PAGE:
In August 1969 I chose to live in a boarding house on University Oaks across Wheeler from the University of Houston campus.
As a transfer sophomore Music Education major, I knew no one on campus, except Mickey and Karen, my cousins. I wanted independence,
shutting even my family out.
In the evenings I often went for walks down the tree lined streets of the neighborhood. The attractive and well cared for houses were pleasing to the eye. One house, a two story grey and white home in the style of a cape cod on the same side of the street as my boarding house attracted my attention. I thought it was unusual that there were so many young men going in and out of the house laughing and talking with one another. Was it a fraternity house? Someone there owned a yellow Karman ghia a truly cute car! I saw a young woman getting out of it a number of times. Who was she? Why was she at a house with so many men?
I tried to be invisible as I observed this house. Often I heard lovely singing floating out of the open windows as I walked by. I lingered to listen. If I thought anyone noticed me I hurried away or pretended I had just stopped to catch my breath or tie my shoe!
A few weeks into the semester, I was selected to be in the acappella choir which was THE best choir to be in at U of H. Shortly thereafter I met 2nd year senior tenor, Gary Miles, a funny guy with sharp features and glasses. One day in November, he approached me and asked if I would like to sing a duet with him at a concert. Amazed, I agreed and he asked me to meet him to rehearse at 4:00 PM. the following day. He gave me the address. “Strange,” I thought. Gary also lived on University Oaks.
The next day as I approached the address he gave me I nearly fainted! It was THE HOUSE. Oh my gosh! With racing heart and sweaty palms, I rang the doorbell and was let in to the cool, shady living room by a very nice young man, Paul. “Should I stay in a house with men I don’t know?” I debated with myself.
Paul and Victor, another student, invited me to stay for a cup of tea and a chat while I waited for Gary. These guys were nice looking and seemed to be normal. So, throwing caution to the wind I stayed.
I was eager to find out more about this house and the people who lived in it and this was my chance. They were all members of the Episcopal Church of the Redeemer. They lived together intentionally to minister to the students at U of H. I was intrigued by their answers and wanted to know more. By the time 5:00 rolled around, Gary still hadn’t arrived but other residents of the house began coming home. Sylvia Wilkes was the only woman. She and her husband Jon were heads of the household, what ever that meant, and the owners of the yellow Kharman ghia!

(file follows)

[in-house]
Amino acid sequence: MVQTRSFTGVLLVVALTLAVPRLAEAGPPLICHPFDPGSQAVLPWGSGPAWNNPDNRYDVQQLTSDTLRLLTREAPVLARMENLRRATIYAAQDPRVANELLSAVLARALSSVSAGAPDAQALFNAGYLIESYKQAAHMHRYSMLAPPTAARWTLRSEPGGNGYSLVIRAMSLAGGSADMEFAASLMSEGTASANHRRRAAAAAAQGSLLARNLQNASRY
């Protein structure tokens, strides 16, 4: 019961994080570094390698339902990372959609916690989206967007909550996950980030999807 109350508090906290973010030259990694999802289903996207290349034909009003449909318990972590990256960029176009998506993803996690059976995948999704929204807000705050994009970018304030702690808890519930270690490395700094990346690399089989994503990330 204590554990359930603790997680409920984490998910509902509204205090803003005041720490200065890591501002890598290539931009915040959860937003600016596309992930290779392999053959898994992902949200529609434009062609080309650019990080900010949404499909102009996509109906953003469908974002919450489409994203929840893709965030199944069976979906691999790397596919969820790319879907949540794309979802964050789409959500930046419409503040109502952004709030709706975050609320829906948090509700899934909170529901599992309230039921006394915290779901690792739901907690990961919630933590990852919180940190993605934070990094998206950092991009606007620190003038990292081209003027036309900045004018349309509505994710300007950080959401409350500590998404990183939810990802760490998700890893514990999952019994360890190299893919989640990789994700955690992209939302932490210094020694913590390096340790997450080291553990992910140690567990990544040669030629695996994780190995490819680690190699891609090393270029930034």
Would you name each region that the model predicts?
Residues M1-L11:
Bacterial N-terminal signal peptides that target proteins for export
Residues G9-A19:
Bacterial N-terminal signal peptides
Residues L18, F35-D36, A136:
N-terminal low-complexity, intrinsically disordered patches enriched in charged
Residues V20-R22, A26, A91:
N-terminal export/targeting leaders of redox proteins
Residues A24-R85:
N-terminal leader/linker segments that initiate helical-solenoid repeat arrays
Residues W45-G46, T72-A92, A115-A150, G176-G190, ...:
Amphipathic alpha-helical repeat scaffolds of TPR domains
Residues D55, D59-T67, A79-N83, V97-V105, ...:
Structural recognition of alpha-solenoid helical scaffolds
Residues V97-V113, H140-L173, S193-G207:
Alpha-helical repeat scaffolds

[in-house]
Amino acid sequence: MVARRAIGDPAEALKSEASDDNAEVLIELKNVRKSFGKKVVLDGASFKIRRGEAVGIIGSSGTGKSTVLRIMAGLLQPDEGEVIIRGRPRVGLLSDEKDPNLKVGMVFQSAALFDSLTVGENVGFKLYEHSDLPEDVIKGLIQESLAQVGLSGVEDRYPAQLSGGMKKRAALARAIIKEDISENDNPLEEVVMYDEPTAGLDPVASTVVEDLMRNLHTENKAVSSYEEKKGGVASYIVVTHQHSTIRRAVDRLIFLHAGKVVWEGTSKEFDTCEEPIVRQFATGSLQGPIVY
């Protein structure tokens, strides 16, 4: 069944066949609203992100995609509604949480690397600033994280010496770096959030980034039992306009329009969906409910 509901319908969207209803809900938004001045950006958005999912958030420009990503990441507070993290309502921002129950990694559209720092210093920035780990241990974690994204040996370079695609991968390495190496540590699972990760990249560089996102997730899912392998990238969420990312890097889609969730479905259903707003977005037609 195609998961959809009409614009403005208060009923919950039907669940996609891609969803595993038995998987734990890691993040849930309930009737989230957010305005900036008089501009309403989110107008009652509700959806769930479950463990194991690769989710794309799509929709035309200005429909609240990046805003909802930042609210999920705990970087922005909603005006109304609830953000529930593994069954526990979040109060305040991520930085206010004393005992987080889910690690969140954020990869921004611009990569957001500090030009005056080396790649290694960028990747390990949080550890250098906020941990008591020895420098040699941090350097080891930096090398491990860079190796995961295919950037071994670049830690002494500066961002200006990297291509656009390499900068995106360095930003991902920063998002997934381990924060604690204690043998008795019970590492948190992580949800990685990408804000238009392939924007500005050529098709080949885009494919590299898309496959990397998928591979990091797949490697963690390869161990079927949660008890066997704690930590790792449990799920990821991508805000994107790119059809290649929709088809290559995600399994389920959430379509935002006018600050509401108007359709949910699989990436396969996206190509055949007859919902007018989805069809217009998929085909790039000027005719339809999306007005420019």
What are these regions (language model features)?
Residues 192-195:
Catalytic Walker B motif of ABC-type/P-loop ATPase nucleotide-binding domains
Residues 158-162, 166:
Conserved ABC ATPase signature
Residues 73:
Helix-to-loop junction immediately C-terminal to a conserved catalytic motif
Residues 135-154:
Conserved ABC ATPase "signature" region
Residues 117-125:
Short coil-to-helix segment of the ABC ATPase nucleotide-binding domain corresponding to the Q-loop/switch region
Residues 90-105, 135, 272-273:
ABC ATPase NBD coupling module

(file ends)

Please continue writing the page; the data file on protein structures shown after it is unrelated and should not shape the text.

Sylvia invited me to stay for dinner. Finally, Gary arrived. He had forgotten our rehearsal. I really didn’t care that he was late as I felt so welcomed by the others in the house. I felt immersed in the warmth of these people gathered together. They talked, laughed and then sang together. I couldn’t believe that I was now in the house while several nights before I had been outside looking in. Amazing!
Gary and I rehearsed and I’m sure we sang the duet, but I really don’t remember the details. What I do remember happening was that Gary invited me to his church. I quickly said “No, no way, nuh uh.” I had always been a Methodist “church-goer” and arrogantly decided in a conversation with God the year before that He would have to show me a church where people lived the Gospel and didn’t just talk about it. Until then, (which at that time I thought meant never) I would just live the best way I could and believe me, that wasn’t good at all
Whenever I saw Gary on campus he was very kind to me. He continued to invite me to come to church with him. I gave in shortly before Easter. On Sunday morning, the yellow Kharman Ghia was waiting for me outside my apartment. Paul, not Gary, arrived to pick me up. Gary was already at church for a choir rehearsal.
When we arrived at the church, the sanctuary was already full of people, hugging and talking, laughing and praying. An incredible mural at the front of the church with Jesus in the center of common working people overwhelmed me. I felt something relax deep inside and knew, even before the service began, that I was at home.
I don’t remember many details about the service itself. What happened to me overshadowed everything else. My previous conversations with God were always one sided. As I knelt in the midst of the congregation, God spoke to ME. “Who said that?” I looked behind me. No, everyone was praying. God spoke to me not just inside my head, but through my ears. I heard his voice say, “Diane, I love you.” Tears came from deep within me. I wept and couldn’t stop. God brought me to this church to show me that truly there were people living and working together to bring God’s life and love to those around them. I knew at that moment I wanted to be a part of this church family whatever that meant. So began my intentional journey with God that continues today.
©2006 Diane D. Andrew email@example.com